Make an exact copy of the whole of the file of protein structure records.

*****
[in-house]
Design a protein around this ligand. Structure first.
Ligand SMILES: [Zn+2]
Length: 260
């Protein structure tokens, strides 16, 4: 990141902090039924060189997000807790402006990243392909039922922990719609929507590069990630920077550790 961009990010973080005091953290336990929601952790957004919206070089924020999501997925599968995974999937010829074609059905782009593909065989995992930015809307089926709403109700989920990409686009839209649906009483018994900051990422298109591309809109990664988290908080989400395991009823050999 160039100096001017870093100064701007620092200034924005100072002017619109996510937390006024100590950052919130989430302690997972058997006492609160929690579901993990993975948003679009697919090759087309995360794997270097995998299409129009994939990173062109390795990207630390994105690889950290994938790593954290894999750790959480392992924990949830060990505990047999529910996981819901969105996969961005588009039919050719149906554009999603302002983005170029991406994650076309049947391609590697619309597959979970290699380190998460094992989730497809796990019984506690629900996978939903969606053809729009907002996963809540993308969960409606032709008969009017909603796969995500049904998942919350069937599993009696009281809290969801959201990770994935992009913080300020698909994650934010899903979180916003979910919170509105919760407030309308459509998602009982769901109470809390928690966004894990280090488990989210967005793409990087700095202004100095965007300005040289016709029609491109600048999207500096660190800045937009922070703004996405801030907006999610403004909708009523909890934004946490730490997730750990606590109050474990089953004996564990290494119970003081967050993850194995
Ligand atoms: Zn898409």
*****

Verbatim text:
[in-house]
Design a protein around this ligand. Structure first.
Ligand SMILES: [Zn+2]
Length: 260
């Protein structure tokens, strides 16, 4: 990141902090039924060189997000807790402006990243392909039922922990719609929507590069990630920077550790 961009990010973080005091953290336990929601952790957004919206070089924020999501997925599968995974999937010829074609059905782009593909065989995992930015809307089926709403109700989920990409686009839209649906009483018994900051990422298109591309809109990664988290908080989400395991009823050999 160039100096001017870093100064701007620092200034924005100072002017619109996510937390006024100590950052919130989430302690997972058997006492609160929690579901993990993975948003679009697919090759087309995360794997270097995998299409129009994939990173062109390795990207630390994105690889950290994938790593954290894999750790959480392992924990949830060990505990047999529910996981819901969105996969961005588009039919050719149906554009999603302002983005170029991406994650076309049947391609590697619309597959979970290699380190998460094992989730497809796990019984506690629900996978939903969606053809729009907002996963809540993308969960409606032709008969009017909603796969995500049904998942919350069937599993009696009281809290969801959201990770994935992009913080300020698909994650934010899903979180916003979910919170509105919760407030309308459509998602009982769901109470809390928690966004894990280090488990989210967005793409990087700095202004100095965007300005040289016709029609491109600048999207500096660190800045937009922070703004996405801030907006999610403004909708009523909890934004946490730490997730750990606590109050474990089953004996564990290494119970003081967050993850194995
Ligand atoms: Zn898409």